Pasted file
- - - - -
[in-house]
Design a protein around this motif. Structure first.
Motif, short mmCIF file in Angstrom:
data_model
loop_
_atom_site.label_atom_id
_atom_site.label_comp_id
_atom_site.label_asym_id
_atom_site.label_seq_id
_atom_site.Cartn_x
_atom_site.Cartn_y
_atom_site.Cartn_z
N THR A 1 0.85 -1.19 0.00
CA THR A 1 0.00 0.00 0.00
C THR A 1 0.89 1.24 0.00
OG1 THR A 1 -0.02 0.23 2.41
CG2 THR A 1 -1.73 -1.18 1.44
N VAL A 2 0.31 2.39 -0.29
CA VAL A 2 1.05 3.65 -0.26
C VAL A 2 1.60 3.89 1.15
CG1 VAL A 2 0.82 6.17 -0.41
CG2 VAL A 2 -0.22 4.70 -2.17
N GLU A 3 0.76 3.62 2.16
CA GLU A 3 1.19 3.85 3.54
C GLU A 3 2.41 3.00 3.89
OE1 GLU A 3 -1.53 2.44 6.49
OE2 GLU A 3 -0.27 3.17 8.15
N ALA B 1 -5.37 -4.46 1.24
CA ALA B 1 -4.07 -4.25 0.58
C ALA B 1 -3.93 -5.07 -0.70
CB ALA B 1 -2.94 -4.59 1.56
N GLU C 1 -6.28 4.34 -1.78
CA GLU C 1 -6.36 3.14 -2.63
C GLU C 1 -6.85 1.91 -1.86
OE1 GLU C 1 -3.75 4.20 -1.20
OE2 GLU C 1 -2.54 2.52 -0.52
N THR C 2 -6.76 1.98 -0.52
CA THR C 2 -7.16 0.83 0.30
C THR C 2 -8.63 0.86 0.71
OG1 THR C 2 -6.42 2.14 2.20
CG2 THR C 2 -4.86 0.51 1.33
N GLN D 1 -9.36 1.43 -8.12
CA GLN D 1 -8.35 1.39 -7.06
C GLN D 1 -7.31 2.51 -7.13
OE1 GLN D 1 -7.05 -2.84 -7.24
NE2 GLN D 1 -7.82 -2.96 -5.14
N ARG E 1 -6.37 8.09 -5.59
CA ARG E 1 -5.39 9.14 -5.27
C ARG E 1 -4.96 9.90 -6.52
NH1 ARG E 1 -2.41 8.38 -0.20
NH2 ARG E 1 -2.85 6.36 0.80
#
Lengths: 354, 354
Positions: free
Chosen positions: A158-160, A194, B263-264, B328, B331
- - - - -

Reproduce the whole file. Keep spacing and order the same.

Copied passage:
[in-house]
Design a protein around this motif. Structure first.
Motif, short mmCIF file in Angstrom:
data_model
loop_
_atom_site.label_atom_id
_atom_site.label_comp_id
_atom_site.label_asym_id
_atom_site.label_seq_id
_atom_site.Cartn_x
_atom_site.Cartn_y
_atom_site.Cartn_z
N THR A 1 0.85 -1.19 0.00
CA THR A 1 0.00 0.00 0.00
C THR A 1 0.89 1.24 0.00
OG1 THR A 1 -0.02 0.23 2.41
CG2 THR A 1 -1.73 -1.18 1.44
N VAL A 2 0.31 2.39 -0.29
CA VAL A 2 1.05 3.65 -0.26
C VAL A 2 1.60 3.89 1.15
CG1 VAL A 2 0.82 6.17 -0.41
CG2 VAL A 2 -0.22 4.70 -2.17
N GLU A 3 0.76 3.62 2.16
CA GLU A 3 1.19 3.85 3.54
C GLU A 3 2.41 3.00 3.89
OE1 GLU A 3 -1.53 2.44 6.49
OE2 GLU A 3 -0.27 3.17 8.15
N ALA B 1 -5.37 -4.46 1.24
CA ALA B 1 -4.07 -4.25 0.58
C ALA B 1 -3.93 -5.07 -0.70
CB ALA B 1 -2.94 -4.59 1.56
N GLU C 1 -6.28 4.34 -1.78
CA GLU C 1 -6.36 3.14 -2.63
C GLU C 1 -6.85 1.91 -1.86
OE1 GLU C 1 -3.75 4.20 -1.20
OE2 GLU C 1 -2.54 2.52 -0.52
N THR C 2 -6.76 1.98 -0.52
CA THR C 2 -7.16 0.83 0.30
C THR C 2 -8.63 0.86 0.71
OG1 THR C 2 -6.42 2.14 2.20
CG2 THR C 2 -4.86 0.51 1.33
N GLN D 1 -9.36 1.43 -8.12
CA GLN D 1 -8.35 1.39 -7.06
C GLN D 1 -7.31 2.51 -7.13
OE1 GLN D 1 -7.05 -2.84 -7.24
NE2 GLN D 1 -7.82 -2.96 -5.14
N ARG E 1 -6.37 8.09 -5.59
CA ARG E 1 -5.39 9.14 -5.27
C ARG E 1 -4.96 9.90 -6.52
NH1 ARG E 1 -2.41 8.38 -0.20
NH2 ARG E 1 -2.85 6.36 0.80
#
Lengths: 354, 354
Positions: free
Chosen positions: A158-160, A194, B263-264, B328, B331